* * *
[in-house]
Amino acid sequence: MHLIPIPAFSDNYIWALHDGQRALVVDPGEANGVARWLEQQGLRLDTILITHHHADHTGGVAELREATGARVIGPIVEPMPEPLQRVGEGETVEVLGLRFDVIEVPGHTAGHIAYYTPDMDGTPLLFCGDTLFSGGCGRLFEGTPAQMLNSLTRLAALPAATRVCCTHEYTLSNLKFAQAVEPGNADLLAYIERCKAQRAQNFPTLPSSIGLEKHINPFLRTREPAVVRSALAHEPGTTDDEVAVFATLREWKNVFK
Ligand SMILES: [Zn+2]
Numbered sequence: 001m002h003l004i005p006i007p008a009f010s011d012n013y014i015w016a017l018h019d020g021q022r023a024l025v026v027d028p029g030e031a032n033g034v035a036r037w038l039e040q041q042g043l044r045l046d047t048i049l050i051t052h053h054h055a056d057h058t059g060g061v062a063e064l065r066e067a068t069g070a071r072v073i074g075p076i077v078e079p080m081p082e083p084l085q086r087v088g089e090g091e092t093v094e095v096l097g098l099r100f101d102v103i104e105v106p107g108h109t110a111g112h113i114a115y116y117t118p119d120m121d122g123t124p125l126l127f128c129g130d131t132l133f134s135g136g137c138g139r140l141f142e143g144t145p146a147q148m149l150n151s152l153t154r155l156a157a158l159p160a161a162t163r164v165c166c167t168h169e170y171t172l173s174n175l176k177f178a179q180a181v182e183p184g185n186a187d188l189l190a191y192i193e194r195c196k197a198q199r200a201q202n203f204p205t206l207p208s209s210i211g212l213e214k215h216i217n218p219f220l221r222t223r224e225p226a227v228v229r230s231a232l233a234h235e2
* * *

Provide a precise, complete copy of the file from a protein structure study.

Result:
[in-house]
Amino acid sequence: MHLIPIPAFSDNYIWALHDGQRALVVDPGEANGVARWLEQQGLRLDTILITHHHADHTGGVAELREATGARVIGPIVEPMPEPLQRVGEGETVEVLGLRFDVIEVPGHTAGHIAYYTPDMDGTPLLFCGDTLFSGGCGRLFEGTPAQMLNSLTRLAALPAATRVCCTHEYTLSNLKFAQAVEPGNADLLAYIERCKAQRAQNFPTLPSSIGLEKHINPFLRTREPAVVRSALAHEPGTTDDEVAVFATLREWKNVFK
Ligand SMILES: [Zn+2]
Numbered sequence: 001m002h003l004i005p006i007p008a009f010s011d012n013y014i015w016a017l018h019d020g021q022r023a024l025v026v027d028p029g030e031a032n033g034v035a036r037w038l039e040q041q042g043l044r045l046d047t048i049l050i051t052h053h054h055a056d057h058t059g060g061v062a063e064l065r066e067a068t069g070a071r072v073i074g075p076i077v078e079p080m081p082e083p084l085q086r087v088g089e090g091e092t093v094e095v096l097g098l099r100f101d102v103i104e105v106p107g108h109t110a111g112h113i114a115y116y117t118p119d120m121d122g123t124p125l126l127f128c129g130d131t132l133f134s135g136g137c138g139r140l141f142e143g144t145p146a147q148m149l150n151s152l153t154r155l156a157a158l159p160a161a162t163r164v165c166c167t168h169e170y171t172l173s174n175l176k177f178a179q180a181v182e183p184g185n186a187d188l189l190a191y192i193e194r195c196k197a198q199r200a201q202n203f204p205t206l207p208s209s210i211g212l213e214k215h216i217n218p219f220l221r222t223r224e225p226a227v228v229r230s231a232l233a234h235e2